Friday, March 29, 2019

Typewriter podcasts

I am usually slow to notice trends. A few years ago, I was probably the last person on earth to learn that there was a subculture called "hipsters" that was being associated with typewriters.

As for podcasts, I vaguely thought they were a circa-2000 phenomenon, associated with the original iPod. But I've been hearing a lot more about them over the last year, and I've started to listen to a few while driving or repairing typewriters (usually I do not do all three activities simultaneously). Of course, quality varies, but in principle, podcasts are an ideal use of the Internet—not unlike blogs. Both blogs and podcasts offer the individual creator a lot of control, and the opportunity for the audience to encounter an extensive creation without being deluged by ads or swallowed up in a feed of other stuff.

Typewriters, too, are part of the podcast universe. Here are a few notes on three such efforts:

TYPE O + VE (pronounced Typo-positive) is produced by Australian Scott Kernaghan, also author of the blog The Filthy Platen. Scott works at a hospital and is a busy man, so his episodes aren't frequent, but they are all interesting. They include interviews and "Filthy Labs," where Scott delves into materials and techniques for typewriter maintenance and repair.

Typewriter Rodeo is a frequent mini-podcast from a successful poetry-typing team from Austin, Texas. Each little episode is a recitation of one of their poems. They've also published a great book!

Austin Typewriter, Ink. is another podcast from the Texas capital, featuring Everitto, The Shy, and Gimmeit. This local group has shown wonderful enthusiasm and initiative recently; check out their website and Facebook page. The podcast is being published about once a week, and it's infectious fun, with lots of joking around and personal stories, plus hard-core geeking about all things typewriterly. This is the "Car Talk" of typewriters.

What other podcasts are out there? Qwerty Rotten Scoundrels seems to have disappeared. Other podcasts have "typewriter" in their titles but aren't really about the machines we love.

As I was composing this post, I discovered that Ted Munk recently wrote about this topic, too. I encourage you to check out his words of wisdom.

Monday, March 25, 2019

Typewriter review: 2019 Royal Classic

Here is the typing test sheet that came with the typewriter:

Here are my reviews of the Royal Scrittore II and Royal Epoch.

Tuesday, March 19, 2019

The Royal Classic 79104P typewriter

I just got wind of a new manual typewriter, the Royal 79104P, also known as the Royal Classic.

Royal says:

Continuing with our long history of manufacturing quality typewriters, Royal introduces our new "Classic" manual typewriter in traditional Black!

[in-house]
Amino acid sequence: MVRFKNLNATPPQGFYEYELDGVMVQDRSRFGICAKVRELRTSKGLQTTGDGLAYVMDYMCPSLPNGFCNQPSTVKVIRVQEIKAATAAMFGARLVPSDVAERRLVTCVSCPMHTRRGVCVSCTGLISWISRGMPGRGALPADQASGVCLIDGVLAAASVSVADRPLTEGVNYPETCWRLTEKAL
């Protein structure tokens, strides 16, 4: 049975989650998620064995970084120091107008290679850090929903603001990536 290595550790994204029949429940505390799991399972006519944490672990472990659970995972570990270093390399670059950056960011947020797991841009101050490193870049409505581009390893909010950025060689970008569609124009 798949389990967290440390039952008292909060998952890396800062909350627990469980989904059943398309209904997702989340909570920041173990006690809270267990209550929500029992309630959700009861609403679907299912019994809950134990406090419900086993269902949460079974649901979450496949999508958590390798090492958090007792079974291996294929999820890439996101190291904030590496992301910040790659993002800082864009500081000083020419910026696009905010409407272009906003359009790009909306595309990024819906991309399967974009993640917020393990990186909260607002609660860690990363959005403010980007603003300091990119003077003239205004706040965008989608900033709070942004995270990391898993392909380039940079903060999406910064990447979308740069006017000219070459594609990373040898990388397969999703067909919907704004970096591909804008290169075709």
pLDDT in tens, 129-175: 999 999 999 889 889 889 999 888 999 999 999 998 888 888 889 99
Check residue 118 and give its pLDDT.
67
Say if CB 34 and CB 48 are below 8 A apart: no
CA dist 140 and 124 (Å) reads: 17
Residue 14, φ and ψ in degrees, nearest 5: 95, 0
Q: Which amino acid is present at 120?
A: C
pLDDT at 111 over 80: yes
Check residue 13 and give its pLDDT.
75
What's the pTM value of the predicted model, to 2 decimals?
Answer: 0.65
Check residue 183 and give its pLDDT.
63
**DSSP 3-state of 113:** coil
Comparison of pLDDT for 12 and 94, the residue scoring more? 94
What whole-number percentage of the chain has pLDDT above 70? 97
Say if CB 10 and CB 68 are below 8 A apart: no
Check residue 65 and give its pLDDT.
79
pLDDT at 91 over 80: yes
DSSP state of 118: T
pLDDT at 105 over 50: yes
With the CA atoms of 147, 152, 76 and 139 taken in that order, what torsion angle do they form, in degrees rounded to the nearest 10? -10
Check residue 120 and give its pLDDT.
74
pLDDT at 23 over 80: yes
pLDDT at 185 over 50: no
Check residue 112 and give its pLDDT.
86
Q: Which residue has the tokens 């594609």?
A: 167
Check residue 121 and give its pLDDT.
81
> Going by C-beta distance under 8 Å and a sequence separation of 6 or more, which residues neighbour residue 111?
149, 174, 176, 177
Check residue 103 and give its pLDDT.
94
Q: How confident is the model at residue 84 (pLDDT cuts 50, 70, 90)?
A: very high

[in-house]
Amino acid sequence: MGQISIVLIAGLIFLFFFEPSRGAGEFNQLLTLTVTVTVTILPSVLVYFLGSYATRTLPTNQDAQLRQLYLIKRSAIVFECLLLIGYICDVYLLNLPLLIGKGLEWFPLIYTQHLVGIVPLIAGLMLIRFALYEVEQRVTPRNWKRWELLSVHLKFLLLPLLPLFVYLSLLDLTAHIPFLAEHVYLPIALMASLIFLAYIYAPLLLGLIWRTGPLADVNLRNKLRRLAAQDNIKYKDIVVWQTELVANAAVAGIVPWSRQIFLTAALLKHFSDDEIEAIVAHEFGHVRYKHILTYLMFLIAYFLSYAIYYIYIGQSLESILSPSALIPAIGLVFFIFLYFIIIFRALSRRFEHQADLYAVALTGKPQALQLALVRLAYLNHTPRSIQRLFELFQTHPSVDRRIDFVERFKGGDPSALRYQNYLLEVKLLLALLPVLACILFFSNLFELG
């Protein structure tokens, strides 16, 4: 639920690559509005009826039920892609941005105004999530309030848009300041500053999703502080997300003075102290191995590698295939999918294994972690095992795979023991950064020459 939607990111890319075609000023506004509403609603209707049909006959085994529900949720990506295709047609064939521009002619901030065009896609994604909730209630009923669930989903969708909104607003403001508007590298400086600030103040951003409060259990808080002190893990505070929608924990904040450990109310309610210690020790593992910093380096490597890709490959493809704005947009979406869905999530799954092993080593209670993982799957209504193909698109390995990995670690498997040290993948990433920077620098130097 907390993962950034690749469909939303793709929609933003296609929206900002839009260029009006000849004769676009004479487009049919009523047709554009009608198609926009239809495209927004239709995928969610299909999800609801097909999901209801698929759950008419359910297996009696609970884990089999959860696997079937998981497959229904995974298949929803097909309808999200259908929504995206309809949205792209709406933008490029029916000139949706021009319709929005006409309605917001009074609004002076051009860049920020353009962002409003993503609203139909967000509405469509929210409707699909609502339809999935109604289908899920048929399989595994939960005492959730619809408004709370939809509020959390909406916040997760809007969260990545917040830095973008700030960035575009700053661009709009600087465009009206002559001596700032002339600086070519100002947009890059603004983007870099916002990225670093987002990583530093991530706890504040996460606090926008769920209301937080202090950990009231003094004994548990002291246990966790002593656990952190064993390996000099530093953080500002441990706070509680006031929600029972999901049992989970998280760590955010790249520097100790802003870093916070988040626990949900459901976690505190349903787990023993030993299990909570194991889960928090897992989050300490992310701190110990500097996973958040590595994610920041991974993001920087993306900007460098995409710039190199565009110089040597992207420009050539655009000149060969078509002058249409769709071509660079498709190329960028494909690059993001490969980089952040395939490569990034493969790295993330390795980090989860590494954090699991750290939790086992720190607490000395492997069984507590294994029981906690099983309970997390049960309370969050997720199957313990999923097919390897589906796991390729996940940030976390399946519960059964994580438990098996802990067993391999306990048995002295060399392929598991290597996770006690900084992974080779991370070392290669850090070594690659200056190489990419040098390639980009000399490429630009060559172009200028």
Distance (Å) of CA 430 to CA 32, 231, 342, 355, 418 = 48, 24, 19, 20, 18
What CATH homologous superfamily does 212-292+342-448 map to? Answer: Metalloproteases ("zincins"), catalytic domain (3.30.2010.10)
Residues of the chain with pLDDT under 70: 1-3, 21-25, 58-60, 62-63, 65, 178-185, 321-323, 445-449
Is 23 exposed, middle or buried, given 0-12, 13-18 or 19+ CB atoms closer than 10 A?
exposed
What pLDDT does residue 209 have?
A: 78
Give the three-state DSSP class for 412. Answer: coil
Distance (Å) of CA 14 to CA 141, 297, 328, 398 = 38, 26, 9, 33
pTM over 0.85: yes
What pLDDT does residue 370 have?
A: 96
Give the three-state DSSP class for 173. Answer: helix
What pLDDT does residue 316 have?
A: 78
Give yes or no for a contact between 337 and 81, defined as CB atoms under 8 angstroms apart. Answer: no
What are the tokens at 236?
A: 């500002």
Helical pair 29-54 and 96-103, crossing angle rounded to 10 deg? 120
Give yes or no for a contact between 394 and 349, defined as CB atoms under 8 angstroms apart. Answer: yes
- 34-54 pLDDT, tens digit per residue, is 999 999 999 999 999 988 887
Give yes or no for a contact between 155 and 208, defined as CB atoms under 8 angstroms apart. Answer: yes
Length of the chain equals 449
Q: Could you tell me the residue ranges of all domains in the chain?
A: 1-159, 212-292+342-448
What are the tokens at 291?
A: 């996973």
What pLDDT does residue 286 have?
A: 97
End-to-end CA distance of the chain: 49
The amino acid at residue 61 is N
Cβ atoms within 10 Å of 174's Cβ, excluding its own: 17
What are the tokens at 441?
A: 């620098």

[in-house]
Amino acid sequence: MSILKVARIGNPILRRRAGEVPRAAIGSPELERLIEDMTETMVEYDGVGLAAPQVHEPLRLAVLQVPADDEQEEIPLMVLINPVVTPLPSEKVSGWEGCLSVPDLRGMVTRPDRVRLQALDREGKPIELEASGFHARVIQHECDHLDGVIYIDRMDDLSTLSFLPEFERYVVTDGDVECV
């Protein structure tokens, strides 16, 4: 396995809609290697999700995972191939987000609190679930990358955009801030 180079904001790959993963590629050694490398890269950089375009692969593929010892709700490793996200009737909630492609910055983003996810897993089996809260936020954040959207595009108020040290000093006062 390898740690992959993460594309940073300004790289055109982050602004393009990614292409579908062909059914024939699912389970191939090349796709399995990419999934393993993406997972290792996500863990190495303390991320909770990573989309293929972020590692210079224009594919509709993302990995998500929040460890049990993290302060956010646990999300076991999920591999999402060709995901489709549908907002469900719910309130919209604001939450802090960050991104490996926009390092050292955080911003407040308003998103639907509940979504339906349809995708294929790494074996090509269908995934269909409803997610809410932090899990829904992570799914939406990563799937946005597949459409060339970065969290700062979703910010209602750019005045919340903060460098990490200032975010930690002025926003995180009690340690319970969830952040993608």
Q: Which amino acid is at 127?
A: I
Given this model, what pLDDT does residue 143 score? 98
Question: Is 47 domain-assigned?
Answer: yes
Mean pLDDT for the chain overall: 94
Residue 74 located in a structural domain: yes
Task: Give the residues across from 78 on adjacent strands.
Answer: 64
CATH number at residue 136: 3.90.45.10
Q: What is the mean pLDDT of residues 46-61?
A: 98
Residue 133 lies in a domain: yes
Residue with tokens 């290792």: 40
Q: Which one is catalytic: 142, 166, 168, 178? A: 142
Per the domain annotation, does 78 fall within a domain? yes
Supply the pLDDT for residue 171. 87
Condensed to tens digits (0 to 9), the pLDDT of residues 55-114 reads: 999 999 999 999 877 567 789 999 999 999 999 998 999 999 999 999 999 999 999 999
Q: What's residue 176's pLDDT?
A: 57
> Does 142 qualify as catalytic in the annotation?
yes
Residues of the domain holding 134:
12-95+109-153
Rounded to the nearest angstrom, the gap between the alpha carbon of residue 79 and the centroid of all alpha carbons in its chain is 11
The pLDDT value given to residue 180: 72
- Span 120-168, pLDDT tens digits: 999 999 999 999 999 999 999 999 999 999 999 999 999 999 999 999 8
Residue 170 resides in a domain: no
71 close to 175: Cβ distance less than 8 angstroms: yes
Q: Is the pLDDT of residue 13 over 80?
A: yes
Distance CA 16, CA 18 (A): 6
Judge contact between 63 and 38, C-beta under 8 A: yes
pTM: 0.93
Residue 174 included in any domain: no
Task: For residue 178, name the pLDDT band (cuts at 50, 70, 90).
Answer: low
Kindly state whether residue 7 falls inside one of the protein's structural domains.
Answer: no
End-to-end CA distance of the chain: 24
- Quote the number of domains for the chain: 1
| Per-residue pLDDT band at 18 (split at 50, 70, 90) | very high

The Royal Classic features a sturdy metal housing & provides the essential functions to compose a novel, write lyrics or send an old fashioned letter.

A computer will never be as beautiful as a vibrant typewriter, so take a step back in time with the Royal Classic!

Another retailer writes:

This is a portable manual typewriter for on-the-go authors! The Royal Classic Manual Typewriter features metal construction, a wide 11 in. carriage, 88 characters, and a black and red nylon ribbon. It's ideal for those who prefer a retro look or easy typing without electronics.

The official retail price is $299.99, but I see prices as low as $147.83.

So, what should we make of this new offering?

The designation "79104P" doesn't exactly trip off the tongue, but it's a pleasure to see the old Royal logo proudly adorning a typewriter, more than a century after the first Royals were introduced (in 1906).

The streamlined body is attractive, and will look familiar to those who know the We R Memory Keepers Typecast Typewriter, which was sold for about a year by Michaels crafts stores. The shell was designed by Curt R. Jensen.

Although Royal speaks of "sturdy metal housing," I doubt that the entire shell is metal; my guess is that there is a lot of plastic on and in this typewriter.

The manufacturer of this machine, as of all manual typewriters I'm aware of in the last few years, is clearly Shanghai Weilv, a small Chinese factory that offers several models that can be branded with various names. The mechanical design has no relationship to classic Royal portables.

As for quality: I haven't tried a 79104P, but I've tried similar products from this factory, such as the Royal Epoch, which is probably mechanically the same. The quality control is very deficient, when compared to machines from the golden age of typewriter manufacturing (roughly 1930-1960).

But who knows? Maybe they've improved their quality. I would love to hear from someone who has tried this latest iteration. And efforts like this keep hope alive that someone will decide to produce a truly high-quality manual typewriter for the 21st century—a machine that will cost more than this one, but will last for decades and be a pleasure to use.